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The Bull City’s Rising Creative Class

In this presentation, I examine recent shifts in the demographics of workers in Durham, including the development of a “creative class,” and what implications these shifts have for policy makers in the Bull City.  Specifically, the literature in this area proposes that monetary incentives have a limited effect on the locational decisions of the creative class, and the presence of other factors that attract them, such as cultural amenities or a diverse, open and creative milieu (Florida 2002) may justify alternative forms of investments in a city.

Click here to view the presentation.

Sarah Chan


  1. Good looking presentation on an interesting topic. I never knew lawyers and analysts are considered to be in the “creative class”, which I found very interesting.

    The maps you chose in the beginning are also extremely useful, especially in demonstrating how strong of a “creative class” Durham currently has.

    The section on American Tobacco also does a great job illustrating another facet of the Durham economy that relies heavily on the creative class.

    The empiracal model and the Creative Industries Effects table were a little confusing to me. I assume when you explain them in your presentation they will make more sense, but make sure to thoroughly explain them so everyone can understand what points you are trying to make with these data.

    Otherwise the presentation looks good and I look forward to seeing it on Wednesday.

  2. Piggy-backing on Daniel’s comment, I found the presentation to be very interesting but also was a little confused by the empirical model. The model presented on slide #10 is very clear, but where are the regression results? Also, where do the results shown on slide #12 come from? Aside from that, which I am sure you will clarify during the in-class slide show, I thought the presentation was very straightforward and interesting.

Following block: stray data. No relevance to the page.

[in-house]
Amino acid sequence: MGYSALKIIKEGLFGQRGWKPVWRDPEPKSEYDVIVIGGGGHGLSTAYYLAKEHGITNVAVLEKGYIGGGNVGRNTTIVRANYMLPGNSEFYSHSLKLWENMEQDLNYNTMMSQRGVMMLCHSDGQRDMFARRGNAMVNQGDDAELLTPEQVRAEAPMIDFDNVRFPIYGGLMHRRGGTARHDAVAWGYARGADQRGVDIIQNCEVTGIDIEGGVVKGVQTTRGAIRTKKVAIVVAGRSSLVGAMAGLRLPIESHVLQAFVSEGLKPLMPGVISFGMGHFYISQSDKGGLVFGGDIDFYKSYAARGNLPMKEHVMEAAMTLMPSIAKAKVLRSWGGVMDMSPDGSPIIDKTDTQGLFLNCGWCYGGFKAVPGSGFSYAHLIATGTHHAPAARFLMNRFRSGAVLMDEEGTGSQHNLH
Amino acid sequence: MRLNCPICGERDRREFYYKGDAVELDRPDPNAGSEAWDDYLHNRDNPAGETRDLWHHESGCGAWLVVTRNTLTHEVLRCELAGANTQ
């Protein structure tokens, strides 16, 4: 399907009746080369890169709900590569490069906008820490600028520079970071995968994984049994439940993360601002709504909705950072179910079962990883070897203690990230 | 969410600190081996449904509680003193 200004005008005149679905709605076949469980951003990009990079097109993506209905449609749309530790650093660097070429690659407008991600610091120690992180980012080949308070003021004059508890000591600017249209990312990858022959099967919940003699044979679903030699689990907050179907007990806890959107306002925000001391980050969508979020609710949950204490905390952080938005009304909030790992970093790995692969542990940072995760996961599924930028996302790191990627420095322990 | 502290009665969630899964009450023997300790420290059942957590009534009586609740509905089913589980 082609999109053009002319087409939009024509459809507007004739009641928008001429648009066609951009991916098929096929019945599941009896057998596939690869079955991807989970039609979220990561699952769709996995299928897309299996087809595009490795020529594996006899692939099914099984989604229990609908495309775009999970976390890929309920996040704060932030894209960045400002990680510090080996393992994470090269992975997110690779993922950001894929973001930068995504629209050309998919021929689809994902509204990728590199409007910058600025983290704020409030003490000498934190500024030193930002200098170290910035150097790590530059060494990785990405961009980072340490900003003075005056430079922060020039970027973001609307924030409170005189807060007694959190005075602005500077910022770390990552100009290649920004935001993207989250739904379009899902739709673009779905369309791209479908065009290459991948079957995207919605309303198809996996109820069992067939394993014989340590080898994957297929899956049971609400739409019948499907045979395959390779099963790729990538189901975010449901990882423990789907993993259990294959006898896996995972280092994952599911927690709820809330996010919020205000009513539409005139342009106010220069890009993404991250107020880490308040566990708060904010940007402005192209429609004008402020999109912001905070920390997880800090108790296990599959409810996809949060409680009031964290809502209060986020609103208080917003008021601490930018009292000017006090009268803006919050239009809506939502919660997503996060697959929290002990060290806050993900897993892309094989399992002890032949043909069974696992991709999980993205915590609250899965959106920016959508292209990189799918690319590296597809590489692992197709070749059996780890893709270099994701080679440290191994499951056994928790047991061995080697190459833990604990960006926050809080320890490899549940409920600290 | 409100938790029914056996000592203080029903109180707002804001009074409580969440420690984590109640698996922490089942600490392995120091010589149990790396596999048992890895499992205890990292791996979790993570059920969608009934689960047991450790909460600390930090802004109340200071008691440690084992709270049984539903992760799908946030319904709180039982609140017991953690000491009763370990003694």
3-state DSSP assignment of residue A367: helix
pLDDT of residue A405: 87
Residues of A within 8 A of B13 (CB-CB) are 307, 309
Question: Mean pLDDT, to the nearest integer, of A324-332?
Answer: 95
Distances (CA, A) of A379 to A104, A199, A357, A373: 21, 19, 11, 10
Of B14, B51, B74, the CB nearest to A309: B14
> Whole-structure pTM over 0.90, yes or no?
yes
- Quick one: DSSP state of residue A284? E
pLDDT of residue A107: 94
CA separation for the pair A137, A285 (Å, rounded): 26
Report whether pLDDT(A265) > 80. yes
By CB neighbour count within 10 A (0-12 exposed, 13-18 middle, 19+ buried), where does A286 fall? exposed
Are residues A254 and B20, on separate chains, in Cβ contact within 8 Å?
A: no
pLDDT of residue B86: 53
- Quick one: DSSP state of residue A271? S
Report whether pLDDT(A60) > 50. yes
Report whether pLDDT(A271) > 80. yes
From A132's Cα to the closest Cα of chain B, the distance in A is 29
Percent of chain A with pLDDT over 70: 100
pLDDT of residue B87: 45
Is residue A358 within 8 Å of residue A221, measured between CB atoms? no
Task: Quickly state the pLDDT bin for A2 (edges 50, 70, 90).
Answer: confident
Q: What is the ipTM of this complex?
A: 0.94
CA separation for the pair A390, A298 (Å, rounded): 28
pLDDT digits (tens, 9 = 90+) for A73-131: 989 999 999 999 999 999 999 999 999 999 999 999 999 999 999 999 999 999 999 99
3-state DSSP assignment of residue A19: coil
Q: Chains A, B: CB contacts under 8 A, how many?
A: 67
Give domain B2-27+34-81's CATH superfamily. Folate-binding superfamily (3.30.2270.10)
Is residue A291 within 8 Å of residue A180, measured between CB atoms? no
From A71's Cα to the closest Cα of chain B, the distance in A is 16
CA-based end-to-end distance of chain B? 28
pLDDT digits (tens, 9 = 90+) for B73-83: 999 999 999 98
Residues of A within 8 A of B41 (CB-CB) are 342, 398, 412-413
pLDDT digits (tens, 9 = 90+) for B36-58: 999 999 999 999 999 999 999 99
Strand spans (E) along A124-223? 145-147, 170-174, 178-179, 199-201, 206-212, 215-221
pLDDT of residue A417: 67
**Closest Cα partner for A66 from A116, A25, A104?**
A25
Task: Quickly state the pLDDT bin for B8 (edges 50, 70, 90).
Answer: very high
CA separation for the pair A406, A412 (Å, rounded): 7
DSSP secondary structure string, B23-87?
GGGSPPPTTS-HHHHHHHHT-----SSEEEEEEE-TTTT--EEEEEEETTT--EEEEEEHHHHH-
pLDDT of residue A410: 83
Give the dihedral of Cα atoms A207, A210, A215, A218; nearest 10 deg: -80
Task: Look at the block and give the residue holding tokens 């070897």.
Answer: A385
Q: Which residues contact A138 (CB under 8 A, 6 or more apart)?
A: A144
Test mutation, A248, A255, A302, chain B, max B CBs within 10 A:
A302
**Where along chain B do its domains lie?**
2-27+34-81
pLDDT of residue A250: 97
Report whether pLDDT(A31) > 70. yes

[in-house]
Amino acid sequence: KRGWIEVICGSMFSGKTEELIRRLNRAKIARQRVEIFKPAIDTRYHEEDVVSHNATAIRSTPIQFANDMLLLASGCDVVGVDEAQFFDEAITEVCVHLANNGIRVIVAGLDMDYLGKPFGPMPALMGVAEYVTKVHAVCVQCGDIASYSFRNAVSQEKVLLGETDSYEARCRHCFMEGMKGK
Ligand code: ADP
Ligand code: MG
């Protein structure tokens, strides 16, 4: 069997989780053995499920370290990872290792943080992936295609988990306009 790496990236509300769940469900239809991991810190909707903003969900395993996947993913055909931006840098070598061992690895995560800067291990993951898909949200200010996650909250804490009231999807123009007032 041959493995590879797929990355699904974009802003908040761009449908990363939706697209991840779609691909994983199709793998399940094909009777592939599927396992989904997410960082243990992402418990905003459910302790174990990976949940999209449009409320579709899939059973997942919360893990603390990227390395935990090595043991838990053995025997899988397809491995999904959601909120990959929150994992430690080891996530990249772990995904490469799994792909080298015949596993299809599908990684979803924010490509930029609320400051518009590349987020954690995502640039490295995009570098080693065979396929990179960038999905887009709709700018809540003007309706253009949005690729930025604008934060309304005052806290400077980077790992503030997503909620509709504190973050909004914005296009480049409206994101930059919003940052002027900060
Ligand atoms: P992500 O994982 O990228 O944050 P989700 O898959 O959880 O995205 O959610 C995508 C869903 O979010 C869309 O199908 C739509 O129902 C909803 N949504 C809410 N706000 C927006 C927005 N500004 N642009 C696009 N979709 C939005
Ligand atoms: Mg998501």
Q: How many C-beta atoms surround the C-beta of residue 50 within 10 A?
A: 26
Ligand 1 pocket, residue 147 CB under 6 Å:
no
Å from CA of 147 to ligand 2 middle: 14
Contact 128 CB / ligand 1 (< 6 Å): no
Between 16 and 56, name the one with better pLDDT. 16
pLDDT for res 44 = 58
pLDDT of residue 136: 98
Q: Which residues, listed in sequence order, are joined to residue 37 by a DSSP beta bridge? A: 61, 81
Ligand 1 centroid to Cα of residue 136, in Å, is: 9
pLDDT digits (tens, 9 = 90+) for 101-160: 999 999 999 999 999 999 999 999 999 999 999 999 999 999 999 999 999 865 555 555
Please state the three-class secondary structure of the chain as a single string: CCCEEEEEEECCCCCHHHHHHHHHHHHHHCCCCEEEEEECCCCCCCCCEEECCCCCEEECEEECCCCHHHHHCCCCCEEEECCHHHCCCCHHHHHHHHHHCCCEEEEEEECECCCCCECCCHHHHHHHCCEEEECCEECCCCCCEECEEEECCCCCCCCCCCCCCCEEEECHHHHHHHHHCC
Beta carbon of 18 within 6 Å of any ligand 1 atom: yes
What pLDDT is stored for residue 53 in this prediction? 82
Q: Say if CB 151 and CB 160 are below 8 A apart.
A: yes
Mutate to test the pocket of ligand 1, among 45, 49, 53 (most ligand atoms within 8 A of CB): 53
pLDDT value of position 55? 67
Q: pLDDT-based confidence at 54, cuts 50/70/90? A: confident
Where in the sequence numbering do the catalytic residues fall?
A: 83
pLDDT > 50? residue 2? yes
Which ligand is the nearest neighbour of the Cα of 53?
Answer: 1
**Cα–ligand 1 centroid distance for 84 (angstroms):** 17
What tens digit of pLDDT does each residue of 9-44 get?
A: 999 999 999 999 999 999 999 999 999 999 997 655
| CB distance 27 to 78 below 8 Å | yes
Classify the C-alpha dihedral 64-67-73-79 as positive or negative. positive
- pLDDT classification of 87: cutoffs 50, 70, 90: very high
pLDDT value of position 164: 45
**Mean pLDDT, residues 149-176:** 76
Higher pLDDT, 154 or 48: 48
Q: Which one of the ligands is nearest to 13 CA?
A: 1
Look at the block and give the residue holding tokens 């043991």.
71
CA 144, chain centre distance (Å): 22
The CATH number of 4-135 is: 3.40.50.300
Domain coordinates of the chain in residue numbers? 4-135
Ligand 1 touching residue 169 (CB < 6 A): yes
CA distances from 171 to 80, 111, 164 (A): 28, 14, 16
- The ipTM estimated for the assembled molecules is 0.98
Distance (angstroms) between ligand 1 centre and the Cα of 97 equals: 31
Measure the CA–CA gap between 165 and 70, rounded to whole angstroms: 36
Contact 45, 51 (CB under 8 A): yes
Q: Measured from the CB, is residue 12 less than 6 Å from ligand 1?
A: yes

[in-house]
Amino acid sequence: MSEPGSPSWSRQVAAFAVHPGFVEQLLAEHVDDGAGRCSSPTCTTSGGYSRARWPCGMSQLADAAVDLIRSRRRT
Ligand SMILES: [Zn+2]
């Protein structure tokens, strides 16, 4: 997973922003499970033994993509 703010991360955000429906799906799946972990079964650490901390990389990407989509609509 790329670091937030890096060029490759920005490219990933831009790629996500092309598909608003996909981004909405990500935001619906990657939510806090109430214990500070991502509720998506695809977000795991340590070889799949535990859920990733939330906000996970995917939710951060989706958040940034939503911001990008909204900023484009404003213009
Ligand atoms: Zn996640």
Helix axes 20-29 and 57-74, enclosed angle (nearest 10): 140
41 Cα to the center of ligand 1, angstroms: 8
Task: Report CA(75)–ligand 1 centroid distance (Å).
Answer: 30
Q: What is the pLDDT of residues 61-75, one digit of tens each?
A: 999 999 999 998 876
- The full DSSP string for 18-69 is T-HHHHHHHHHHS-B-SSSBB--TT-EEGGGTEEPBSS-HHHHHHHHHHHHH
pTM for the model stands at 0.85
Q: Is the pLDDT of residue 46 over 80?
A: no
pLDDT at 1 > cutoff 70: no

The potential problem of gentrification leading to an outwards migration of ‘bohemians’ (i.e. writers and artists) is a fascinating one. It seems as if this type of ‘creative’ individual is usually an early-adopter but also an early-abandoner. The type of people who may have been drawn to Durham’s budding arts scene 10 years ago may be pushed away from a gentrified Durham 20 years down the road. Is it possible for Durham to attract both these so-called bohemians and creative professionals alike? Or is there an unavoidable trade off Durham will face between satisfying the wants of the small-time performing artists, lawyers, financial analysts and scientists who call it ‘home’?

  3. To agree with Daniel and Will, I was confused by the empirical model, but assume that you’ll clarify that in your presentation. I liked the emphasis on American Tobacco, and think it’d be interesting to expand on its potential effects on RTP. Also, it’s clear from the DT Durham masterplan that the draw of residents (which would primarily be young and “creative”) is one of the city’s main goals at the moment. It would be interesting to look at the reverse relationship between them and businesses, in that while businesses/amenities may be responsible for drawing residents, those same residents will be primarily responsible for the success/failure of these same businesses.

  4. This is a very interesting presentation.

    It seems as if the whole term “creative class” is a bit value-driven. It is difficult to economically quantify lifestyle decisions, but I really enjoyed your discussion of a rapidly changing Durham

    I think that it would be interesting if you framed your creativity analysis within the Tiebout model.

  5. This was a very interesting presentation! One thing I’ve always wondered about Durham, though, is why there seems to be a pretty constant increase in entertainment/dining options and very little bread and butter retail – like groceries and hardware stores. Doesn’t it seem that the creative class would be attracted to a walkable city? (which would include the range of amenities in a compact location). I’m surprised by the survey results indicting that people would come to Durham more often for more dining options. Did you think about or explore other sorts of development like schools, groceries, and retail have a relationship with the “creative class”?

  6. Endogeneity is always a big issue dealing with this type of question. Perhaps using a lagged value of employment could alleviate some of the problem. I’m not sure I understand why you were using creative employment as a predictor for creative employment. But overall, very interesting presentation.

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